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India: 2 Suspected IS Operatives Caught in Gujarat

Prabhat Sharan
Mumbai
2017-02-27
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Gujarat Anti-Terrorism Squad members transport Naem Ramodiya, (hooded left) and his brother, Wasim Ramodiya (hooded right) from ATS Headquarters, Feb. 26, 2017.
Gujarat Anti-Terrorism Squad members transport Naem Ramodiya, (hooded left) and his brother, Wasim Ramodiya (hooded right) from ATS Headquarters, Feb. 26, 2017.
AFP

An Indian court Monday granted police a 12-day remand to question two brothers who were arrested for alleged links to the Islamic State (IS), although their lawyer claimed police had “no tangible evidence.”

Wasim Ramodiya, 32, and Naem Ramodiya, 28, who were taken into custody by the Anti-Terrorism Squad (ATS) in the western Indian state of Gujarat on Sunday, will face interrogation before they are produced in court on March 10, police said.

The Ramodiya brothers were under surveillance for two years, Gujarat ATS Superintendent of Police Himanshu Shukla told BenarNews.

“We arrested them just in the nick of time as they were planning a terror strike on a famous temple in the state soon,” Shukla said, adding that while Wasim was arrested in Gujarat’s Rajkot town, Naem was picked up in Bhavnagar, about 175 km (108 miles) away.

Police recovered bomb-making materials and IS literature from the suspects, Shukla said.

“We also have audio recordings of their telephone conversations that indicate they were in touch with IS handlers. Our surveillance revealed that the brothers were in touch with IS suspect Mufti Qasmi,” he said. Qasmi was arrested in Uttar Pradesh state in February 2016.

“So far they haven’t denied any of these accusations, but are answering our questions in a vague manner. We want to put them through intense questioning over the next 12 days to collect enough evidence against them,” Shukla said.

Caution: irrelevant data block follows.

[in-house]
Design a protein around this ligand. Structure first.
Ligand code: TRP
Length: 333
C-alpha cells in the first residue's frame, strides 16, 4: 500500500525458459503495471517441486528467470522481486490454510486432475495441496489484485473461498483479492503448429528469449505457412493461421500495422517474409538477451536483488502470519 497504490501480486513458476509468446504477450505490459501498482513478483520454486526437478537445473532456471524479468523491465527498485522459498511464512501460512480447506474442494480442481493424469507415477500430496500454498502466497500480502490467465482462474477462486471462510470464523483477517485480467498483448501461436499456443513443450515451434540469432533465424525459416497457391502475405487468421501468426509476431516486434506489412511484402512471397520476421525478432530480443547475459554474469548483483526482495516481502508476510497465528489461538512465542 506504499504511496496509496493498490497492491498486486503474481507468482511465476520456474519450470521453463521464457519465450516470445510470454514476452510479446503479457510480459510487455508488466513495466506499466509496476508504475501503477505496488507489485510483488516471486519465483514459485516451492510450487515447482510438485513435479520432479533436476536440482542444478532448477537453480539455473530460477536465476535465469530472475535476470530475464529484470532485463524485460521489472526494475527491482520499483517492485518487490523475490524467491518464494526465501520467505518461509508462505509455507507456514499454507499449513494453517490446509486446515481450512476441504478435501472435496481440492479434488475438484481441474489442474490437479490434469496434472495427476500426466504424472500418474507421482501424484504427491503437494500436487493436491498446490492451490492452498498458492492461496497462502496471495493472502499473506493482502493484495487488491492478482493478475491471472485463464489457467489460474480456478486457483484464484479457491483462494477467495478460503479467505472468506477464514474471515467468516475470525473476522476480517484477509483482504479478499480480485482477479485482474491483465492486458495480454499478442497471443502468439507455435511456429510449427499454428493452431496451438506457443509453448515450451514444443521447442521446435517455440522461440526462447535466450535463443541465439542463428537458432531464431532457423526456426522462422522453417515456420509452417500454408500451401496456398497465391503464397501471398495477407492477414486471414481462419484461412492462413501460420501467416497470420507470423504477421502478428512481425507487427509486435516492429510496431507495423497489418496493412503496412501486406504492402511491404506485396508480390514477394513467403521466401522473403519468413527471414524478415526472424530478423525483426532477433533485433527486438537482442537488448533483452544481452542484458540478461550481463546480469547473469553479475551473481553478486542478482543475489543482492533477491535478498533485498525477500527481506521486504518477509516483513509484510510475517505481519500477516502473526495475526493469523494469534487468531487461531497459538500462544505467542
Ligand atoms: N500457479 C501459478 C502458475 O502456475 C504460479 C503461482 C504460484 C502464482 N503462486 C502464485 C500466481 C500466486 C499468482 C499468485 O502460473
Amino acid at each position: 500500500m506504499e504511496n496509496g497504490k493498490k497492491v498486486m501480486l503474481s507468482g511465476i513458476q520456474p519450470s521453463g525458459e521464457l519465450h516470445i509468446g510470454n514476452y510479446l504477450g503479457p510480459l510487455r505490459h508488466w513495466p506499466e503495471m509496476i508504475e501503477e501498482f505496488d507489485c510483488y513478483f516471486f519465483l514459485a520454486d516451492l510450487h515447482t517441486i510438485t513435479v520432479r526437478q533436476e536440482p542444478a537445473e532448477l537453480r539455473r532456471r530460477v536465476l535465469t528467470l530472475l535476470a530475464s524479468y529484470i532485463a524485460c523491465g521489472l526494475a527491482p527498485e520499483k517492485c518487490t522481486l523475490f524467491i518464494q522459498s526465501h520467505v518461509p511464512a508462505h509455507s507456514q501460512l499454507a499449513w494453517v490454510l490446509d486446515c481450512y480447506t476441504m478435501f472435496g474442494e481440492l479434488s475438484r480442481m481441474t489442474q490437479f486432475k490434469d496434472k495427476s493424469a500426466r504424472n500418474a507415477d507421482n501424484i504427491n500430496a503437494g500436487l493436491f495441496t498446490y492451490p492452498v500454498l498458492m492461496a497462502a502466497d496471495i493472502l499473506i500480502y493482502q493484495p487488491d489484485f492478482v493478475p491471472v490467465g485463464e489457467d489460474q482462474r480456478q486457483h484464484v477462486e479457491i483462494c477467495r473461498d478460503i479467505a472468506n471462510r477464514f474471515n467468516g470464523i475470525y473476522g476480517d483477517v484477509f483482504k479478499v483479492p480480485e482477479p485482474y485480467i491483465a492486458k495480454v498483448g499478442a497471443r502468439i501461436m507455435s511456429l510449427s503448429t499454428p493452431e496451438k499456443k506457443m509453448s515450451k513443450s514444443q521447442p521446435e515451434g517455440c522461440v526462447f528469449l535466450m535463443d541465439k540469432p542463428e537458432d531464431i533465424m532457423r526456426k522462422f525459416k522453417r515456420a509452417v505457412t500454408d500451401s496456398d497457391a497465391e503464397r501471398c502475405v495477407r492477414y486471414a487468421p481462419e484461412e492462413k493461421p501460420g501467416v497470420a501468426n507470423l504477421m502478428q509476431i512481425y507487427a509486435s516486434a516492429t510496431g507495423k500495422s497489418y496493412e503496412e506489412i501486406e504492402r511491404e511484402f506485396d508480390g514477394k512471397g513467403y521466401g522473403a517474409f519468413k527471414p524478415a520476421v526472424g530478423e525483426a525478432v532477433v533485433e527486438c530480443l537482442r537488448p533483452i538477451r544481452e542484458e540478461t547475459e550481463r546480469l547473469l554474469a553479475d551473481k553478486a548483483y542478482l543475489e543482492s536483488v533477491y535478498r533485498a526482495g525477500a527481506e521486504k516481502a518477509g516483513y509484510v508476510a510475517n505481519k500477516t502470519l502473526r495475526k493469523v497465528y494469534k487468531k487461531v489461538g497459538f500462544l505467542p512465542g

Lawyer: ‘flimsy evidence’

Lawyer Imtiyaz Hussain Koreja said his clients had been arrested based on “extremely flimsy and circumstantial evidence” and would contest their arrests.

“The allegations made by the police are baseless. There is no tangible or even intangible evidence against my clients that they are connected to any terror organization. We will be challenging the arrests and move a bail application on March 10,” Koreja told BenarNews.

“We will also be taking up the issue on various other fronts, including with human rights organizations, because this is not the first time Indian police have tried to falsely implicate innocent people in terror-related cases,” he said.

While government officials consistently deny IS has made any significant inroads in India, about 70 people have been arrested and are facing trial for alleged links with the Middle East-based terror outfit.

Intelligence agencies claim that some 50 Indian Muslims have left for the Middle East to fight alongside the IS. Among them, at least seven have died in battle.

Rights activist Kavita Srivastava of the People’s Union for Civil Liberties said she found it hard to believe allegations leveled against the Ramodiya brothers.

“Indian security agencies routinely target members of the Muslim community by falsely implicating them in terror cases. I wouldn’t be the least bit surprised if years later the court releases them (Ramodiya brothers) because the police had no evidence to back the allegations,” Srivastava told BenarNews.

“The government conveniently ignores the fact that such targeting only leads to more alienation and bitter ashes of memories among minority groups,” she said.

Meanwhile, the suspects’ father, Arif Ramodiya, is shocked that his sons have been arrested on terrorism charges.

“The police have not presented me with any information or documents regarding the arrest of my sons. I have no idea what to do, who to approach or what to say,” Arif told BenarNews from Rajkot.

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